Susan has lived in many places both in the United States and abroad because of her husband’s former job transfers; and the Barnhill’s moved about every two years. It wasn’t always easy on Susan’s family, but being the “Super Mom” that she is, Susan, along with her husband, Carl, did a fantastic job raising their two sons no matter where they lived. The “proof is in the pudding” because both sons are doing everything they can to give back to the communities they live in. Matt and Seth, now both adults, are often involved with charitable groups.
Susan has a humorous wit that makes you smile, and says in Erma Bombeck fashion: “We didn’t stay anywhere too long. During one of our moves, a mover picked up a sofa off the wooden floor and commented, ‘Gee, you don’t even have any dust bunnies under your furniture.’ I told him we hadn’t been here long enough for dust bunnies to accumulate.”
You can imagine how thrilled the Barnhill family was when they could make a permanent move to Colorado after Carl took a job with Coors in Golden.
Susan is one of the most reliable and faithful community volunteer leaders in town; and we can be sure that all of the organizations such as the Volunteers of America, the Alzheimer’s Association of Colorado, and AWARE consider it their good fortune when Susan Barnhill, on her angel wings, soared into their midst.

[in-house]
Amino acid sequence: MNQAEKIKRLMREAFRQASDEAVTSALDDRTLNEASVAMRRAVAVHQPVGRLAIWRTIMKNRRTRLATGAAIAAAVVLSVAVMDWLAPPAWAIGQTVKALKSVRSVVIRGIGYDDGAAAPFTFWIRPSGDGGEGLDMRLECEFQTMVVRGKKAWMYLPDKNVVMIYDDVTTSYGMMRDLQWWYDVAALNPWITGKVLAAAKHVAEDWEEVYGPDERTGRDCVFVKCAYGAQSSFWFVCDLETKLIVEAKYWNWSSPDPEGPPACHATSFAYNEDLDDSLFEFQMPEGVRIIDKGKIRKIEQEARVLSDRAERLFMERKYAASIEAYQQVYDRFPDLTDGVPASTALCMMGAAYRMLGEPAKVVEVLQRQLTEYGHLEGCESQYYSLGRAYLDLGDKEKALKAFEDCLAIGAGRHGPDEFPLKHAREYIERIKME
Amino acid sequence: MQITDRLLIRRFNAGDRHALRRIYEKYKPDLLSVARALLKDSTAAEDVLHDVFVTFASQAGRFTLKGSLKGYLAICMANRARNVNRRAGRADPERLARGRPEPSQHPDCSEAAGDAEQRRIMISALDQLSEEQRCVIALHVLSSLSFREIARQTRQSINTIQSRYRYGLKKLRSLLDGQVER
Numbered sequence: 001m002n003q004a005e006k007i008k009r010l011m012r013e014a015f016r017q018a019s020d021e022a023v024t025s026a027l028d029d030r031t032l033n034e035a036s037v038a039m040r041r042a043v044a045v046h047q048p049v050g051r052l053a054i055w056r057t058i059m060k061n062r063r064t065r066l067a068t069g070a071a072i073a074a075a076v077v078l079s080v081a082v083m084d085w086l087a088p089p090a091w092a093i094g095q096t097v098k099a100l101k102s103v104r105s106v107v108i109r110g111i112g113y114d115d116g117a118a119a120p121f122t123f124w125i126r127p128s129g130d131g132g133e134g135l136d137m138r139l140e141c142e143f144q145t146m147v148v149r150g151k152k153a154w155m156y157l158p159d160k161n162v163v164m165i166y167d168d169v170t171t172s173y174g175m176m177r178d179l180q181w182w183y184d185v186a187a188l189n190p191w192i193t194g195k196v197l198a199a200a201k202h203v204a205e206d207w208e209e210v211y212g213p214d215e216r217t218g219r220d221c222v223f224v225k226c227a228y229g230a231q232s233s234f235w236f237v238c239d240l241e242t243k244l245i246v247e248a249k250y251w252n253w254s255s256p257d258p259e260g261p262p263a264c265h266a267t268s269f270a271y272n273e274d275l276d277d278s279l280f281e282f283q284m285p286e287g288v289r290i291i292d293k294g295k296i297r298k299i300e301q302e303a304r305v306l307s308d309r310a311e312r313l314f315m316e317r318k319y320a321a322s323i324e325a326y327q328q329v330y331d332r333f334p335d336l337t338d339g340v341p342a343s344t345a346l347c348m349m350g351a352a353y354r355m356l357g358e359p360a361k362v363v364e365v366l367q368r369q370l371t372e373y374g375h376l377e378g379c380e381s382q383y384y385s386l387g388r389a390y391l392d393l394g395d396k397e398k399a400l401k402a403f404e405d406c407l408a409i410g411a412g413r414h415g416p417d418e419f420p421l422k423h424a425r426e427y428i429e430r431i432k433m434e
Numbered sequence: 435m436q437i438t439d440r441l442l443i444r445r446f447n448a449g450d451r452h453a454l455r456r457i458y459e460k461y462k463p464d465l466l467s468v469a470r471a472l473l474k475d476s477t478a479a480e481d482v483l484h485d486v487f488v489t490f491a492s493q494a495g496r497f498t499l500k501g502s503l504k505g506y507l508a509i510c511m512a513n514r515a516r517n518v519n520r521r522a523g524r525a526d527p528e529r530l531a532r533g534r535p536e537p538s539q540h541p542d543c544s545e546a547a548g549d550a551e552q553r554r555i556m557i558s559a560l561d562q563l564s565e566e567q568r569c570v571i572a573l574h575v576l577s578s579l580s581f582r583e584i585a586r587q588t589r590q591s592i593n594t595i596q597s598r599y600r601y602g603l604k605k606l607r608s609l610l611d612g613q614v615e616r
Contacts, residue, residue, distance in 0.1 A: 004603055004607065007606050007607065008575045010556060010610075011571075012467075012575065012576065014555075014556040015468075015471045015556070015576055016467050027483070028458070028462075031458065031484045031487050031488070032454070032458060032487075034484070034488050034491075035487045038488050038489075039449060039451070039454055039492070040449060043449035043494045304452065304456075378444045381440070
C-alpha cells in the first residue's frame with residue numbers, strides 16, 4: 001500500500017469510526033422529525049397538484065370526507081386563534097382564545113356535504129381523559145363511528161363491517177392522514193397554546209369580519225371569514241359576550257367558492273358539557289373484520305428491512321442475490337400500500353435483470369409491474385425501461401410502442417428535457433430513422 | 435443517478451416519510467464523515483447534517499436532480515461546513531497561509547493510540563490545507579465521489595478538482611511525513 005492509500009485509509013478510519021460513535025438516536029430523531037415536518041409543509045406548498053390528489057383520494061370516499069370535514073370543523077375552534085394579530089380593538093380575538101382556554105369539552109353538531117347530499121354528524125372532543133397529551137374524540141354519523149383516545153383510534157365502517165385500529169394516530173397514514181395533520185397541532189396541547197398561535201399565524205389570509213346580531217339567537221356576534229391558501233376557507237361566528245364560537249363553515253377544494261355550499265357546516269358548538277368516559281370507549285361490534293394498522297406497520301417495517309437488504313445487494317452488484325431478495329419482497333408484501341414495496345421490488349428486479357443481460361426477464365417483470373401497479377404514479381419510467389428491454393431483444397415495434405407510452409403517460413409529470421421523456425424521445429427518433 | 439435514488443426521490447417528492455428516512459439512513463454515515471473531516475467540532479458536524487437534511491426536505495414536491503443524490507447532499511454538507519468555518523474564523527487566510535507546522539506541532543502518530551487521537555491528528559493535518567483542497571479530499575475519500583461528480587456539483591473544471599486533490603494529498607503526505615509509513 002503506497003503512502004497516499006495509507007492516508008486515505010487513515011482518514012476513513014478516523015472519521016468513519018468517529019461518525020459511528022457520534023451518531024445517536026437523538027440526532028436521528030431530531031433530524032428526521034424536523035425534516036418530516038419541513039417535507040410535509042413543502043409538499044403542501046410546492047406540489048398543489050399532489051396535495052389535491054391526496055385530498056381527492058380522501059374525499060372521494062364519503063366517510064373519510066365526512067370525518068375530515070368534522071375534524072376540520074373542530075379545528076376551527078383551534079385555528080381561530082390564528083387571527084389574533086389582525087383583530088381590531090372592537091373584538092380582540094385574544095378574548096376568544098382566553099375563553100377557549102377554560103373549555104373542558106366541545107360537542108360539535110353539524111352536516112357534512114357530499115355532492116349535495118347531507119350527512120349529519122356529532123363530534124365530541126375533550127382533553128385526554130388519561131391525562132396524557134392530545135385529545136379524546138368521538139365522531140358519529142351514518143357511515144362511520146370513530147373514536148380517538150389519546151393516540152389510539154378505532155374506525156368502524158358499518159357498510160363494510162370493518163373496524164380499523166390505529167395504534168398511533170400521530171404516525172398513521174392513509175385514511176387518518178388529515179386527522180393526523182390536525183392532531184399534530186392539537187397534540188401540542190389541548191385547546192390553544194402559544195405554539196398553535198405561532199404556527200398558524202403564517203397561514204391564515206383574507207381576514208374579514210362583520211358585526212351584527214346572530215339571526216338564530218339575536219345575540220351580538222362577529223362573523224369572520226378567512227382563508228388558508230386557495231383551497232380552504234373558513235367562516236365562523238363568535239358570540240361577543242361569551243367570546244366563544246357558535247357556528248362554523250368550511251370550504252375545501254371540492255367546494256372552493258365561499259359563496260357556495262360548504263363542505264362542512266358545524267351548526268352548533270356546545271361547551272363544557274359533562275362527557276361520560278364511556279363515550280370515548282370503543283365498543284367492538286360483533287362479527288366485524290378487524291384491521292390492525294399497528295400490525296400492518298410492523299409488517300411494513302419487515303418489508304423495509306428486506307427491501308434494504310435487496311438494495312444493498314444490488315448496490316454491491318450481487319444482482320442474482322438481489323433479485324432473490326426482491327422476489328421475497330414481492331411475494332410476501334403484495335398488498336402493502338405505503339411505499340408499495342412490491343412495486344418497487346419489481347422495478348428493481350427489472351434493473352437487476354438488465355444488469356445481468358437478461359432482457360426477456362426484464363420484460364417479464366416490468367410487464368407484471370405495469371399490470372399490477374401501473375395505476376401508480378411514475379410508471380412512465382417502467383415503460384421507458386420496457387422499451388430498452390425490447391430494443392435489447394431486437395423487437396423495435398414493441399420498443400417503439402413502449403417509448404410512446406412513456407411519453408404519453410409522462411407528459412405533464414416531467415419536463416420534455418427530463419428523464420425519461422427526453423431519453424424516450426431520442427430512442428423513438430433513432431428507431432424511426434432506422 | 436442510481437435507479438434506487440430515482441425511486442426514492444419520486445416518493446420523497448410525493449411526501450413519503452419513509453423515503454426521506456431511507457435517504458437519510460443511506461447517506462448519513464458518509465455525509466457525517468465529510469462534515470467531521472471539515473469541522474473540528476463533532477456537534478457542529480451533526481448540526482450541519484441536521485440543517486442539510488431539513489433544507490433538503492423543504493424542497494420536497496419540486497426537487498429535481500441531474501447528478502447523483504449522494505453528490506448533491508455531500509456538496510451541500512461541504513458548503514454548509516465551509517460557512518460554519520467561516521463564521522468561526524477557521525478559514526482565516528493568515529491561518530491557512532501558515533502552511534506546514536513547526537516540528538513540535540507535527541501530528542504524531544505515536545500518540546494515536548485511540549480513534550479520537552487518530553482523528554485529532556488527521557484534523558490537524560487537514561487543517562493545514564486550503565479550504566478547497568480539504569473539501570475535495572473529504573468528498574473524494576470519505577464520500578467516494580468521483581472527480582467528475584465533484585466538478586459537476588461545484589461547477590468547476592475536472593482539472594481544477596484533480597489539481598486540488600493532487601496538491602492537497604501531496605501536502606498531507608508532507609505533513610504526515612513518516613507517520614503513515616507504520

At this time, what is your involvement with the charitable organizations you support? Currently, Chairman of the Board of Directors for the Alzheimer’s Association of Colorado; Board of Directors of Volunteers of America; The Guild of Volunteers of America member (and past president); and AWARE member (and past president).
What charitable event do you really look forward to attending each year? Do I have to pick one? Western Fantasy (Volunteers of America); Memories in the Making (Alzheimer’s Association); Memories Lost & Found (AWARE).
How did you become so passionate about Volunteers of America? When we moved here 11 years ago, the school my son attended required 35 hours of community service as a pre-requisite for graduation. He chose to serve meals at Theodora House, a shelter for homeless woman. Since he was not of legal driving age, I drove him and served meals with him. I was so impressed by the way the facility was operated, I checked out the organization – VOA – and the rest, as they say, is history.
Do you have a favorite vacation spot? Again, do I have to pick one? Lake Tomahawk, WI (spent summers there when the boys were growing up) and Naples, FL.
If you were to write an autobiography, what would the title be? Finally Found - Dust Bunnies in Colorado!
Is there a magazine or publication you can’t live without? Golf for Women - if I keep reading the articles, it’s got to help – someday. Soon. Please!
What do you consider a priceless gift? Family – we are always there for each other.
What is something your parent’s taught you that you have never forgotten? A good work ethic. If you accept any job, do it right, do the best you can, or don’t do it at all.
Do you have a quote or saying that has helped guide you through life? “When in doubt, don’t.” Of course, when you are cleaning out the refrigerator, you can change it to, “When in doubt, throw it out.”
What is something you absolutely can’t live without? Chocolate! It makes me very happy.
Where is your focus these days? There are many days, lately, that I wonder the same thing myself. “Has anyone seen my focus????”
I love working with both Volunteers of America and the Alzheimer’s Association of Colorado. Both organizations have touched my heart, and I am proud of the work they do to help families in Colorado. I will be involved with both organizations as long as they need my help.